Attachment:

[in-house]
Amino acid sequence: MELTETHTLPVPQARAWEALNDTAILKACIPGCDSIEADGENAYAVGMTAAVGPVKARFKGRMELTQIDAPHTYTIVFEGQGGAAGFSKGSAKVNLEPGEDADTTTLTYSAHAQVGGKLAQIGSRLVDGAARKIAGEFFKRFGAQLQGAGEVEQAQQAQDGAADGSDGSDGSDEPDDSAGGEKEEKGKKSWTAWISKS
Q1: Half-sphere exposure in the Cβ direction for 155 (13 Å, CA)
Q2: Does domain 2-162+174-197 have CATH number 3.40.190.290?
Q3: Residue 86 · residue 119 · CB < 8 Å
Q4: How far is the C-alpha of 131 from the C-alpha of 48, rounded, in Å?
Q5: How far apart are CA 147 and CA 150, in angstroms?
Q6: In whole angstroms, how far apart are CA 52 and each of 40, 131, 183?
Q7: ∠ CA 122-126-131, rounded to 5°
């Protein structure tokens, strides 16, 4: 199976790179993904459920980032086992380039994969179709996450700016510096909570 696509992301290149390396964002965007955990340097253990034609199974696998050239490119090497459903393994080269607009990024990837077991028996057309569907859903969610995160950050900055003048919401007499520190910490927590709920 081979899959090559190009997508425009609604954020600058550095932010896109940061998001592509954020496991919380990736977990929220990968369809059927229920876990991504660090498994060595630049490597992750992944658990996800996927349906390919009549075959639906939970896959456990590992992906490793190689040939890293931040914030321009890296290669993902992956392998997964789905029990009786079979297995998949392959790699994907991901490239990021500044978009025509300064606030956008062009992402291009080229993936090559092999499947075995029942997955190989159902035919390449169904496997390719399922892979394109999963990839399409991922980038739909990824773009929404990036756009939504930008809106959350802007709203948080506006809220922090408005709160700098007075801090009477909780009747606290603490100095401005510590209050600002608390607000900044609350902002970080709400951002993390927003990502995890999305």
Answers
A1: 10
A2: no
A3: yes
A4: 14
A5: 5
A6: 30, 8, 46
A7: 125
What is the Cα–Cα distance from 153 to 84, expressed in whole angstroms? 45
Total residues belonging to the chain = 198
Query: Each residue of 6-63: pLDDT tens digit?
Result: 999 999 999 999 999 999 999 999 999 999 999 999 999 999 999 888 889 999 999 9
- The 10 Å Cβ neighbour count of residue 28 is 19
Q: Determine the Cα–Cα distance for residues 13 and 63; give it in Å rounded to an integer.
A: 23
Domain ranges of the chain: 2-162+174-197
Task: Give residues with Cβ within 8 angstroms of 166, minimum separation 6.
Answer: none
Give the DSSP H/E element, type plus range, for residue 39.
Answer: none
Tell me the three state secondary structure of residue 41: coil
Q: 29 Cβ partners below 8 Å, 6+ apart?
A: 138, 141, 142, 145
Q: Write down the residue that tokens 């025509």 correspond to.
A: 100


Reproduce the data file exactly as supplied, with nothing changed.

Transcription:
[in-house]
Amino acid sequence: MELTETHTLPVPQARAWEALNDTAILKACIPGCDSIEADGENAYAVGMTAAVGPVKARFKGRMELTQIDAPHTYTIVFEGQGGAAGFSKGSAKVNLEPGEDADTTTLTYSAHAQVGGKLAQIGSRLVDGAARKIAGEFFKRFGAQLQGAGEVEQAQQAQDGAADGSDGSDGSDEPDDSAGGEKEEKGKKSWTAWISKS
Q1: Half-sphere exposure in the Cβ direction for 155 (13 Å, CA)
Q2: Does domain 2-162+174-197 have CATH number 3.40.190.290?
Q3: Residue 86 · residue 119 · CB < 8 Å
Q4: How far is the C-alpha of 131 from the C-alpha of 48, rounded, in Å?
Q5: How far apart are CA 147 and CA 150, in angstroms?
Q6: In whole angstroms, how far apart are CA 52 and each of 40, 131, 183?
Q7: ∠ CA 122-126-131, rounded to 5°
């Protein structure tokens, strides 16, 4: 199976790179993904459920980032086992380039994969179709996450700016510096909570 696509992301290149390396964002965007955990340097253990034609199974696998050239490119090497459903393994080269607009990024990837077991028996057309569907859903969610995160950050900055003048919401007499520190910490927590709920 081979899959090559190009997508425009609604954020600058550095932010896109940061998001592509954020496991919380990736977990929220990968369809059927229920876990991504660090498994060595630049490597992750992944658990996800996927349906390919009549075959639906939970896959456990590992992906490793190689040939890293931040914030321009890296290669993902992956392998997964789905029990009786079979297995998949392959790699994907991901490239990021500044978009025509300064606030956008062009992402291009080229993936090559092999499947075995029942997955190989159902035919390449169904496997390719399922892979394109999963990839399409991922980038739909990824773009929404990036756009939504930008809106959350802007709203948080506006809220922090408005709160700098007075801090009477909780009747606290603490100095401005510590209050600002608390607000900044609350902002970080709400951002993390927003990502995890999305």
Answers
A1: 10
A2: no
A3: yes
A4: 14
A5: 5
A6: 30, 8, 46
A7: 125
What is the Cα–Cα distance from 153 to 84, expressed in whole angstroms? 45
Total residues belonging to the chain = 198
Query: Each residue of 6-63: pLDDT tens digit?
Result: 999 999 999 999 999 999 999 999 999 999 999 999 999 999 999 888 889 999 999 9
- The 10 Å Cβ neighbour count of residue 28 is 19
Q: Determine the Cα–Cα distance for residues 13 and 63; give it in Å rounded to an integer.
A: 23
Domain ranges of the chain: 2-162+174-197
Task: Give residues with Cβ within 8 angstroms of 166, minimum separation 6.
Answer: none
Give the DSSP H/E element, type plus range, for residue 39.
Answer: none
Tell me the three state secondary structure of residue 41: coil
Q: 29 Cβ partners below 8 Å, 6+ apart?
A: 138, 141, 142, 145
Q: Write down the residue that tokens 């025509």 correspond to.
A: 100